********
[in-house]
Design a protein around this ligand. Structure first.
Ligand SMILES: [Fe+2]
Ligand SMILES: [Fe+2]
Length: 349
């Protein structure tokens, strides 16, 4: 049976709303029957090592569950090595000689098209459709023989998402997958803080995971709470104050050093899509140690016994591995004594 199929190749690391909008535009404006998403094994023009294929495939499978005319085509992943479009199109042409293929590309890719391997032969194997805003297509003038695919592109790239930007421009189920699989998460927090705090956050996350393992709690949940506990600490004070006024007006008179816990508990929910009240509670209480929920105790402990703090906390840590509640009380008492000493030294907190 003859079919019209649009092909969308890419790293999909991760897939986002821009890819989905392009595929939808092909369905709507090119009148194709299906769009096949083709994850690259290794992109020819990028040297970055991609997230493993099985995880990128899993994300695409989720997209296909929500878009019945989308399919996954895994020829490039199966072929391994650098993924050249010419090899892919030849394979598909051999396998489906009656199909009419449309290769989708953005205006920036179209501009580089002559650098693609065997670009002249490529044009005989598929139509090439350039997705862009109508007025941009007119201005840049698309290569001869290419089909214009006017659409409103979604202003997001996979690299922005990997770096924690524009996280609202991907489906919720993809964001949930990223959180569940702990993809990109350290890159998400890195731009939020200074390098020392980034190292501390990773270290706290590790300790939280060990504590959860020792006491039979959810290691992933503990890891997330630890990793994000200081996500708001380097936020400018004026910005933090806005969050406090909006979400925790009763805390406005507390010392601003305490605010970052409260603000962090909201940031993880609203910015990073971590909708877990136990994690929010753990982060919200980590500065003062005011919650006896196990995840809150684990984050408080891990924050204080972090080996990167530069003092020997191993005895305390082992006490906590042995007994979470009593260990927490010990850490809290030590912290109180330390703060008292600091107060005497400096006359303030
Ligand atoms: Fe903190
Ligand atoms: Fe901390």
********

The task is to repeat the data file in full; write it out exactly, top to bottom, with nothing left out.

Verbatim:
[in-house]
Design a protein around this ligand. Structure first.
Ligand SMILES: [Fe+2]
Ligand SMILES: [Fe+2]
Length: 349
């Protein structure tokens, strides 16, 4: 049976709303029957090592569950090595000689098209459709023989998402997958803080995971709470104050050093899509140690016994591995004594 199929190749690391909008535009404006998403094994023009294929495939499978005319085509992943479009199109042409293929590309890719391997032969194997805003297509003038695919592109790239930007421009189920699989998460927090705090956050996350393992709690949940506990600490004070006024007006008179816990508990929910009240509670209480929920105790402990703090906390840590509640009380008492000493030294907190 003859079919019209649009092909969308890419790293999909991760897939986002821009890819989905392009595929939808092909369905709507090119009148194709299906769009096949083709994850690259290794992109020819990028040297970055991609997230493993099985995880990128899993994300695409989720997209296909929500878009019945989308399919996954895994020829490039199966072929391994650098993924050249010419090899892919030849394979598909051999396998489906009656199909009419449309290769989708953005205006920036179209501009580089002559650098693609065997670009002249490529044009005989598929139509090439350039997705862009109508007025941009007119201005840049698309290569001869290419089909214009006017659409409103979604202003997001996979690299922005990997770096924690524009996280609202991907489906919720993809964001949930990223959180569940702990993809990109350290890159998400890195731009939020200074390098020392980034190292501390990773270290706290590790300790939280060990504590959860020792006491039979959810290691992933503990890891997330630890990793994000200081996500708001380097936020400018004026910005933090806005969050406090909006979400925790009763805390406005507390010392601003305490605010970052409260603000962090909201940031993880609203910015990073971590909708877990136990994690929010753990982060919200980590500065003062005011919650006896196990995840809150684990984050408080891990924050204080972090080996990167530069003092020997191993005895305390082992006490906590042995007994979470009593260990927490010990850490809290030590912290109180330390703060008292600091107060005497400096006359303030
Ligand atoms: Fe903190
Ligand atoms: Fe901390």